Rebuilding a Collapsed Country
Alexei Leonidovich Kudrin became Russia’s Minister of Finance in 2000 and retained the post for 11 years. As the longest-serving finance minister in post-Soviet Russia, Kudrin is credited with laying the foundations of national financial stability. He developed Russia’s massive Stabilization Fund, which allowed for early repayment of $21.6 billion in state debt, saving billions in interest, and kept the economy afloat during the last two major economic crises.
Putin, when he came to power, had few long-term associates. He gradually elevated trusted colleagues from three informal groups: the siloviki, his connections from the KGB; the remnants of Yeltsin’s political “family;” and the “civiliki,” a group of economists and lawyers from St. Petersburg. Kudrin belonged to the latter, a group of academically qualified politicians who advocated for pro-free market reforms, privatization, and to diminish the state’s role in socioeconomic affairs. Although a capable (and stubborn) bureaucrat, much of Kudrin’s effectiveness is attributed to Putin’s nearly-unwavering support.
Early Life, Education, and Political Rise
Alexei Leonidovich Kudrin was born on October 12, 1960, in Dobele, Latvia (then the Latvian SSR). Seven years later the Soviet military stationed his father, a soldier, in Mongolia, where the family stayed until 1971. The Kudrins then relocated to Borzya Chita, a Russian border town situated about 25 miles north of Mongolia and 43 miles northwest of China. His father was reassigned to Arkhangelsk in 1974, where Kudrin completed high school in 1977.
Kudrin worked as a motor mechanic at the USSR Defense Ministry before studying economics at Leningrad State University. After graduating in 1983, he interned with the Leningrad Institute of Social and Economic Problems until taking up postgraduate studies at the Soviet Union’s Academy of Sciences, where he later received his doctorate. He has published over 15 academic works in economics and finance that primarily focus on competition during Perestroika, an economic and political reform movement during the 1980s that ended with Soviet collapse in 1991.
In 1990, Kudrin joined the St. Petersburg City Council under the liberal mayor Anatoly Sobchak. He served as Vice Chairman of the Committee for Economic Reform until 1993, at which point he and Vladimir Putin became the city’s top deputy mayors. After Sobchak failed to secure a second term in 1996, Putin and Kudrin transferred to Moscow after being offered positions in the presidential cabinet of Boris Yeltsin. As the Deputy Chief of Yeltsin’s presidential administration, and Chief of the Administration on Trade, Economic, and Scientific-Technological Cooperation, Kudrin managed the state’s internal and external debts, implemented welfare, housing, and public utility reform, and oversaw foreign economic relations.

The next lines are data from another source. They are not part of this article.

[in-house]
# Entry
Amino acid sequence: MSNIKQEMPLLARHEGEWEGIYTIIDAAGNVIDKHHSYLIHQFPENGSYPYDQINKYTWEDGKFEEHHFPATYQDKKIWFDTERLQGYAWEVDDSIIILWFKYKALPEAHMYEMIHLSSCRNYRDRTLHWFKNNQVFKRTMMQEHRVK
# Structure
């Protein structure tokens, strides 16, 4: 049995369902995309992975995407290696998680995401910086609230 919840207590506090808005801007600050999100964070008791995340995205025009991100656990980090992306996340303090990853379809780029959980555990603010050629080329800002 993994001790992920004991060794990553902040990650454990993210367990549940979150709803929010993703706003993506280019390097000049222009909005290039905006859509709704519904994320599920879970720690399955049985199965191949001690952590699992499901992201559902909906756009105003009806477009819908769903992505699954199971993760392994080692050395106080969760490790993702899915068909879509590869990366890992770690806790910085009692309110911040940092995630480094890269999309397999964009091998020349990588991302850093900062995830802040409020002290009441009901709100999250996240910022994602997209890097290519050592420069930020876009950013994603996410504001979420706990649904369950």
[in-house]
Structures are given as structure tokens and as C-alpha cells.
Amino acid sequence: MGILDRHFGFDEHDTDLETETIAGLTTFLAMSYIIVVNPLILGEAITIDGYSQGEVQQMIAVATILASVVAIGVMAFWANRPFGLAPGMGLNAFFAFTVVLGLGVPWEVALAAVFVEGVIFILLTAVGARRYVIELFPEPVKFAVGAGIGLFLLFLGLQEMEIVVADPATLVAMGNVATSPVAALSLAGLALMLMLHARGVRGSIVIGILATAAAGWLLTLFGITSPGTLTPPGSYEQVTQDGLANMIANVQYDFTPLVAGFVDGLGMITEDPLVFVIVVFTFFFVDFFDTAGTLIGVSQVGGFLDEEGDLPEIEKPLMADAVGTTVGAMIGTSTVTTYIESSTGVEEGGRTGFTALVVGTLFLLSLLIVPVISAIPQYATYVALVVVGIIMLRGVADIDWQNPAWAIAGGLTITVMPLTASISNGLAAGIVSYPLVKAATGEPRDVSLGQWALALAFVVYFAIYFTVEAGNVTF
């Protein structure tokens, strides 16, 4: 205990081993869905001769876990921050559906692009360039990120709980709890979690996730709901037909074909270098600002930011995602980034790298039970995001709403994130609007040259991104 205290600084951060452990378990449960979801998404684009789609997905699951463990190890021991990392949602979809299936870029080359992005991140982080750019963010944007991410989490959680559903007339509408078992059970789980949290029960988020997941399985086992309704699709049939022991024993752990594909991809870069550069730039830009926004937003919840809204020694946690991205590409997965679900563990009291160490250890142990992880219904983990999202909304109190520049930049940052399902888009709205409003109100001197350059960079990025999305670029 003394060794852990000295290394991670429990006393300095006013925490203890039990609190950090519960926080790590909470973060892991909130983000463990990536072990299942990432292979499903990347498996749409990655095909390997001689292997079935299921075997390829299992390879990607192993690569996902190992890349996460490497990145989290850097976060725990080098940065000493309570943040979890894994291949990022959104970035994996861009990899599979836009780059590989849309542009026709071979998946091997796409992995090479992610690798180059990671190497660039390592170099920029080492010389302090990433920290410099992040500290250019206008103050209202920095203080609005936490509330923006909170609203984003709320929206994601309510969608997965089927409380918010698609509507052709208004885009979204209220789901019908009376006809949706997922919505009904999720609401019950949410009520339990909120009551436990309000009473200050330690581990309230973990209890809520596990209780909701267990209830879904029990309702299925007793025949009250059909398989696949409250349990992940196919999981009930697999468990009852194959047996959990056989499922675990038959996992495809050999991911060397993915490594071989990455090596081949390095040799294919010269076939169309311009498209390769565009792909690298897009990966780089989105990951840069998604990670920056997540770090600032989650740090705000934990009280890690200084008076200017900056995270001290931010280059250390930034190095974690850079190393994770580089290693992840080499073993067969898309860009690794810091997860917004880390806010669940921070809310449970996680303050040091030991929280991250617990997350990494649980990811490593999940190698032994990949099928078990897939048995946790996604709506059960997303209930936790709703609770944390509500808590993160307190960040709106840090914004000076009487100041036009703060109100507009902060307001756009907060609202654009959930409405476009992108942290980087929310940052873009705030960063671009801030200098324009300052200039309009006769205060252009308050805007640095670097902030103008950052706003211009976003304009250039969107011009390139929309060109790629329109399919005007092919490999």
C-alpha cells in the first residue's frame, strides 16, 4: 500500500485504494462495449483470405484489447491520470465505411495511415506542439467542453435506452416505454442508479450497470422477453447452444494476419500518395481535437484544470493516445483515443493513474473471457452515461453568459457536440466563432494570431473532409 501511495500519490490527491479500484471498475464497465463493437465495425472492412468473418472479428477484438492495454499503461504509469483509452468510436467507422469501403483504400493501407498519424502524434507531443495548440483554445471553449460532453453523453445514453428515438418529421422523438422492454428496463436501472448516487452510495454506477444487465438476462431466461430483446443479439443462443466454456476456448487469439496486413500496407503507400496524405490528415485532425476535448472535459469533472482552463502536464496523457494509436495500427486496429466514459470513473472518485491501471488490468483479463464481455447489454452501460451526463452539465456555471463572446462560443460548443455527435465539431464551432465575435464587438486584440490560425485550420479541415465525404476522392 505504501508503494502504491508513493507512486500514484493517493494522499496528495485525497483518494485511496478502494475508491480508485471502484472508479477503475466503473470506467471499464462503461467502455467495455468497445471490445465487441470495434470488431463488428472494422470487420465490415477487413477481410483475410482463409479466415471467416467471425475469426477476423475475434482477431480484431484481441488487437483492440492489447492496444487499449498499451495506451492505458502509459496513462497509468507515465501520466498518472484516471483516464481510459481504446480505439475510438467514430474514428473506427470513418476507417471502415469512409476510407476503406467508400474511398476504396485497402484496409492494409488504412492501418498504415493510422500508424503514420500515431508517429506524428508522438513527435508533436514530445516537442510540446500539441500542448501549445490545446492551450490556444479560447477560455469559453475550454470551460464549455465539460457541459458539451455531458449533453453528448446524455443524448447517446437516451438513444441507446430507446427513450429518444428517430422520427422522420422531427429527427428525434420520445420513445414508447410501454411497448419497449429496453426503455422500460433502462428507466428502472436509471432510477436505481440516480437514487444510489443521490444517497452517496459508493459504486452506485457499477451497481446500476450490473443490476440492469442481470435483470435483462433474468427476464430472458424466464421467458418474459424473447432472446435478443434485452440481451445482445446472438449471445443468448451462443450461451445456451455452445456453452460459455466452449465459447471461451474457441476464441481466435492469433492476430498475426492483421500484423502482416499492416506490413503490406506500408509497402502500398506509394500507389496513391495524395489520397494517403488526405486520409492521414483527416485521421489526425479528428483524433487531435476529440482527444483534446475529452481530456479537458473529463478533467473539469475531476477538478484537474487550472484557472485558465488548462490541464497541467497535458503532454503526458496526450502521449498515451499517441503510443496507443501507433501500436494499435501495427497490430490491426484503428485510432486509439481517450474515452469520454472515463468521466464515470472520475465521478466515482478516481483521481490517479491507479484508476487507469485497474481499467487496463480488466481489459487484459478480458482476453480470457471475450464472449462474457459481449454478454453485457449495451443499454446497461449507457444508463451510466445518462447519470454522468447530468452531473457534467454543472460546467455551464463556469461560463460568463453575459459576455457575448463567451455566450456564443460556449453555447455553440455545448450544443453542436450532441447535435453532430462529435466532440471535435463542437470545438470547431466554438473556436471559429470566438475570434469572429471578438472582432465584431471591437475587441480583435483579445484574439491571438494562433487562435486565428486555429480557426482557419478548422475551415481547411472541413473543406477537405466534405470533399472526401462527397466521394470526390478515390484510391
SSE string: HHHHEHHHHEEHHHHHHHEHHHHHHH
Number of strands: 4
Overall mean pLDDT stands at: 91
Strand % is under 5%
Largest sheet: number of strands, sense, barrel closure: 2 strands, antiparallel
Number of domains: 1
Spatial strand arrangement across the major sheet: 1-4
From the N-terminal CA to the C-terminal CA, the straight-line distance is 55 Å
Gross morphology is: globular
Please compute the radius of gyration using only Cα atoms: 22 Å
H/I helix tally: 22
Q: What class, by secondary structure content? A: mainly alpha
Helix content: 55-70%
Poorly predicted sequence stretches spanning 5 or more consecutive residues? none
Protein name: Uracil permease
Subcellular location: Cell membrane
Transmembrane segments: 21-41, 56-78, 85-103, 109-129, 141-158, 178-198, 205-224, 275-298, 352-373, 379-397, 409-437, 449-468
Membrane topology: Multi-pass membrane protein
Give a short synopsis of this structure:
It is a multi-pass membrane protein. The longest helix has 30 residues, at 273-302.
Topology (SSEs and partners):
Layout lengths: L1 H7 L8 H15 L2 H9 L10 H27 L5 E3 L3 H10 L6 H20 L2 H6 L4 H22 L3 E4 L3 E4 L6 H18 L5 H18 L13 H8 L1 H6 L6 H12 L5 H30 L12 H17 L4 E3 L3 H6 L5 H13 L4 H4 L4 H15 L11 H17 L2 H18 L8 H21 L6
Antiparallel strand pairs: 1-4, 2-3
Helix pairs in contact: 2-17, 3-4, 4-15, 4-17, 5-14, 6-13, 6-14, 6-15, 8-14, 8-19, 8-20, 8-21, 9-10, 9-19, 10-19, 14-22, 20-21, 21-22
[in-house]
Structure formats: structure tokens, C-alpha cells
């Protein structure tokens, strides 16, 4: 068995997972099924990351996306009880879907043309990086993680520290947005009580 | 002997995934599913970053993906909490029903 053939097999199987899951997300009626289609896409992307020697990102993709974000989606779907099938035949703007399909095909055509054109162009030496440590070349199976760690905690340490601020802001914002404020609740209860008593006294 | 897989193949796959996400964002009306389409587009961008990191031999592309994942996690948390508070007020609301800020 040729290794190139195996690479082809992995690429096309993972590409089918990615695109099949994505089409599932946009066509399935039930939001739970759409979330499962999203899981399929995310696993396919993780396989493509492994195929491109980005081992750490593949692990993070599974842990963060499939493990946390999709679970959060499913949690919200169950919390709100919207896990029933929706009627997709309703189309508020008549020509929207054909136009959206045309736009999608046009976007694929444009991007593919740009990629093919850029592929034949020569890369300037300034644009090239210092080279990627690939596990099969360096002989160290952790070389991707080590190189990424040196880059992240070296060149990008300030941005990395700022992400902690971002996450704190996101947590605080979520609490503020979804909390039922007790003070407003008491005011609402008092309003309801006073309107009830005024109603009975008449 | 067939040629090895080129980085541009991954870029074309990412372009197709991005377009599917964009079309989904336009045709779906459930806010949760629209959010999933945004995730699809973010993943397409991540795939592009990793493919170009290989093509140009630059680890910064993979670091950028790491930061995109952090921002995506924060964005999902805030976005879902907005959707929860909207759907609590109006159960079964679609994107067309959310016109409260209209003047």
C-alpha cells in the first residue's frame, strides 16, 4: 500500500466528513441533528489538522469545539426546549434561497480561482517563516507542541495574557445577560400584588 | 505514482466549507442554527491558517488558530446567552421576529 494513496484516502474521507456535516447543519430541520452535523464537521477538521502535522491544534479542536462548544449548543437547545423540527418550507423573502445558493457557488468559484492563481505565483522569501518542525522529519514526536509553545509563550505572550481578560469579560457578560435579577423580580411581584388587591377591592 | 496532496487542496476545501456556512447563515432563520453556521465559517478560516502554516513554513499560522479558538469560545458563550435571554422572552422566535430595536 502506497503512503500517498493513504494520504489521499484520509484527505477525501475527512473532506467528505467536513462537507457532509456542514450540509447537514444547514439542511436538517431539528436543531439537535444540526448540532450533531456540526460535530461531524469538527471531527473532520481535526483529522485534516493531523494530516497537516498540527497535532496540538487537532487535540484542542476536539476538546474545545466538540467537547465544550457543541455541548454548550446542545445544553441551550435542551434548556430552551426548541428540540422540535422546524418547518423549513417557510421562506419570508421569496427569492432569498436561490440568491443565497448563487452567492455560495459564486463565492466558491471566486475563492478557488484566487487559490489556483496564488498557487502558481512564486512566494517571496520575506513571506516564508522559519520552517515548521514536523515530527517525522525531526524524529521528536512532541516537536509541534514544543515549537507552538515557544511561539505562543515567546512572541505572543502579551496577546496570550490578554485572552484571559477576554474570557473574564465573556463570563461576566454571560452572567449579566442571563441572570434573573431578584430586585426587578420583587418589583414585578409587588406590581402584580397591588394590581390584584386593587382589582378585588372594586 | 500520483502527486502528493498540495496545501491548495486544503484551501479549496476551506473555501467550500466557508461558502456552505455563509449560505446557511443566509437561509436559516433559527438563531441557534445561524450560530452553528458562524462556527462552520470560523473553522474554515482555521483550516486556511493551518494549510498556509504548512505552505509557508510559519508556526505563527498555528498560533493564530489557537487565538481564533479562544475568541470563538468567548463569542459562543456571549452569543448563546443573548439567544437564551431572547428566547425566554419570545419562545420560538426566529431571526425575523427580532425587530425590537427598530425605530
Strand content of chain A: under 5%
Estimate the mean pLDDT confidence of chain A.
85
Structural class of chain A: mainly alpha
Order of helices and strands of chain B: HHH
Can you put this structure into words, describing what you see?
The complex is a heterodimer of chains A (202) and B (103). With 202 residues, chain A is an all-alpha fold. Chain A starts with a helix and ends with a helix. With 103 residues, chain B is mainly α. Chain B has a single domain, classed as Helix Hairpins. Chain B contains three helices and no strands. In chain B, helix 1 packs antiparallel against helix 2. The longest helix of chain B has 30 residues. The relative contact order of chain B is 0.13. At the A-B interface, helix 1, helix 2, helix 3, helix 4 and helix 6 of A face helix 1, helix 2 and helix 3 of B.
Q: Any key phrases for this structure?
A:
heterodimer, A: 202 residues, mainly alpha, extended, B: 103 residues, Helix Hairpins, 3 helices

Kudrin and the Ministry of Economy clashed during the August 1998 financial crisis. The ministry insisted on utilizing mutual offsets, an arrangement designed to reduce the mutual indebtedness of both taxpayers and the federal budget. As an example: an electricity company owes the federal government 1 ruble. An independent commercial bank lends the electricity company 1 ruble, which is then paid to the federal government. The federal government then transfers 1 ruble to a defense plant, which then pays 1 ruble to the electricity company for the electricity it consumed. Finally, the electricity company repays the 1-ruble loan to the independent commercial bank. Importantly, all transactions made used accounts opened in the commercial bank, and the ruble never left the commercial bank.
Although offsets did buffer the economy, Kudrin maintained that the arrangement In January 1999, amid conflict and opposition, Kudrin quietly resigned from his post.
Yeltsin announced his own retirement effective January 1, 2000. He appointed Putin acting president. Putin then elevated Kudrin to the post of Minister of Finance and, thanks to booming oil prices and Kudrin’s prudent fiscal policies, Russia emerged from the economic crisis with surprising speed.